ELBOW STRIKES: CLOSE RANGE SAVIOUR?
Are Wing Chun Elbow strikes really the fight finishers that most people think?
Here James Sinclair discusses some fundamentals to help in your training.
The use of the elbow skills lies in very simplistic but, none the less, profound theories. Once the hand is grabbed or passed, the use of the elbow becomes the next line of defence. There is a poetic statement that goes along the lines of:
‘If the head of the dragon is grabbed,
the tail will whip,
If the tail of the dragon is grabbed
the head will bite’.
Elbow techniques are found in the Cham Kiu and Biu Tze forms of Wing Chun Kuen. It should be obvious that they are a useful close range tool, and that it is the hardness of the bone that causes damage to the opponent.
Please be aware that when we mention the elbow, we are not always discussing the elbow strike, but also ability to recover defensively when the hand is passed. Bong Sau is the most obvious example of this recovery, but Moot Sau and Jut also rely on this theory.
In the UKWCKFA we do not encourage the use of striking with the tip of the elbow. This region of the humerus, is not ‘humorous’ if used. The olecranon process is too easy to ‘chip’ and too close to the nerve route. However, there are always exceptions, such as very short prods, butts and strikes to muscles where the risk of self injury is reduced. For real power strikes and escapes from grasps the focus should be on the use of the upper forearm.
Elbow techniques encompass strikes to many parts of the body. It is commonplace to strike to the biceps, triceps, pectorals and recognised acupuncture points of the wrist hand and forearm.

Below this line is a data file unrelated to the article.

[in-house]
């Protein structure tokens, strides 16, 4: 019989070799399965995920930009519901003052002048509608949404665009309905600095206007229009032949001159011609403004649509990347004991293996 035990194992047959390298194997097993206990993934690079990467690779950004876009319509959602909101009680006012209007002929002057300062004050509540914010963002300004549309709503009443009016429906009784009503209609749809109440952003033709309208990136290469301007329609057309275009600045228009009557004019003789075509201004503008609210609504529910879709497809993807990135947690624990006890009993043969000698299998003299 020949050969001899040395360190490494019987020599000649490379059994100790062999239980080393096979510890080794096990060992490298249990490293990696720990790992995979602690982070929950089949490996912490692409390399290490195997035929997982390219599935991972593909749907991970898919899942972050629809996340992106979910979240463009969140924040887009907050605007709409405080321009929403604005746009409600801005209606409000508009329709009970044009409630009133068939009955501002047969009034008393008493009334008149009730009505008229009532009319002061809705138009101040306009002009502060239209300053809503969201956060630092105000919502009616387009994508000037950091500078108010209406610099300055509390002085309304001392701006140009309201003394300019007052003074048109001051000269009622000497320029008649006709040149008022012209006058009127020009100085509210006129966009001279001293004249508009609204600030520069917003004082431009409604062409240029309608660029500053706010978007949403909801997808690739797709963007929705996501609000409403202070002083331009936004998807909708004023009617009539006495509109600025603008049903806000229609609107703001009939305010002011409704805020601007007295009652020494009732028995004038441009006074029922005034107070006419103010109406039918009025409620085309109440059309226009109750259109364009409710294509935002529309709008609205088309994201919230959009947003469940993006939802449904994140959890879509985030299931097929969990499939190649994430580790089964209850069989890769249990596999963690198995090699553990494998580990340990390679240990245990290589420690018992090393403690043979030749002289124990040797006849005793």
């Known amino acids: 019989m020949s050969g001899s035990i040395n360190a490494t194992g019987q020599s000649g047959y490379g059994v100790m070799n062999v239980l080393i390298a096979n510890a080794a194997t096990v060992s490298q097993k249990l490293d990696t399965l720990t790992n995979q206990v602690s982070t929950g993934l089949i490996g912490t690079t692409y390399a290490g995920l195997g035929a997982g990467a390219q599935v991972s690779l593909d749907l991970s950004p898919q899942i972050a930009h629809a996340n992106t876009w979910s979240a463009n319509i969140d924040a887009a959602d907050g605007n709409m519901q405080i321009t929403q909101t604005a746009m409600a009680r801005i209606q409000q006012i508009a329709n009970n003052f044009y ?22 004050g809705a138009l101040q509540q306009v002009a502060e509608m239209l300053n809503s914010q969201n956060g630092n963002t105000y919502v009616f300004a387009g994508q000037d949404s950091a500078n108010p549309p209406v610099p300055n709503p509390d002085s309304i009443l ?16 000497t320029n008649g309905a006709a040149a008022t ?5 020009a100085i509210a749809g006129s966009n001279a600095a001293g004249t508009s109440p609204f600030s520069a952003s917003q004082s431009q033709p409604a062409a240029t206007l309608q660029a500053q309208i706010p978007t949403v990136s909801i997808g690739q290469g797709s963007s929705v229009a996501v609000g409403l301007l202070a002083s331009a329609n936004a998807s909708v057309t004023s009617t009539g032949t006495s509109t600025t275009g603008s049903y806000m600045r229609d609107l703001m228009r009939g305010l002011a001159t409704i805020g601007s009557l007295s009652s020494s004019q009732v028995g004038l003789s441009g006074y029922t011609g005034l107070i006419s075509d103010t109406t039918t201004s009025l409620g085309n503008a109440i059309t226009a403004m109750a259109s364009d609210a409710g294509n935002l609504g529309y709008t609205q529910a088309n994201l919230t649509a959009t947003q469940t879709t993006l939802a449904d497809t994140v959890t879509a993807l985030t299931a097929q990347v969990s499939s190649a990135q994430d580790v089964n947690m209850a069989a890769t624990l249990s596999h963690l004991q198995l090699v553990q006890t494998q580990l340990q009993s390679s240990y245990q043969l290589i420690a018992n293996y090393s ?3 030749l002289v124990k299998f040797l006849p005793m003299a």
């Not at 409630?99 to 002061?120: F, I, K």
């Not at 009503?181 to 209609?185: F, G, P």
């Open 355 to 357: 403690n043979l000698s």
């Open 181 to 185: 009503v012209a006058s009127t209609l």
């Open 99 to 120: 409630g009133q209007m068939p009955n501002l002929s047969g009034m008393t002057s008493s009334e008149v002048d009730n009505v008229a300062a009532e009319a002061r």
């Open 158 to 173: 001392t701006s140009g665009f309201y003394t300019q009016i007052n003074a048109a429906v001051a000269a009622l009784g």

From observation and experience elbow strikes definitely have the capacity to finish fights, but usually as a result of damage to bone or cuts and not as commonly through knockout. If you witness MMA you will see fighters take many heavy elbows on the ground, but punches more often cause knockouts.
Please refer to newsletter issue no.3 for details on a fight finished with an elbow strike.
Wing Chun Kuen is a very effective self defence. However, it has evolved along a path that leads one to believe that it is purely for fighting when, in fact, it is a beautiful art too.
What strikes most observers of this art is just how little one can glean from observation. Demonstrations tend to be fanciful affairs, with highly choreographed sequences designed for pure entertainment rather than giving the public any real idea about how the art is applied.
It is said that Wing Chun Kuen has some of its history in the Red Junk Opera Troupe and this could explain why the forms of the art are so very cleverly choreographed, and disguise the intent of the practitioner from unwelcome eyes.
Unlike many other approaches, it is almost impossible to work out the skill and application of Wing Chun Kuen from simply observing the empty hand forms. This is a possible reason why there is such an abundance of differing interpretations within Wing Chun Kuen circles. Although fundamentally the same, many practitioners continue to argue that their own own approach is more authentic, traditional or effective than others, it remains a simple ploy to try and corner the market.
Whilst the UKWCKFA have no problem with a person stating they are the best, it is difficult to justify that this should or could possibly equal that other practitioners are poorly trained, skilled or qualified to make their own stand in the art.
Wing Chun Kuen was a secretive art, selectively passed down through the generations. Whilst it is not possible that all the previous practitioners were incredibly dedicated, hard working, and had huge talent, it does appear that the selective/vetting approach to teaching did result in sufficient skilful practitioners being produced, allowing the art to be refined from generation to generation.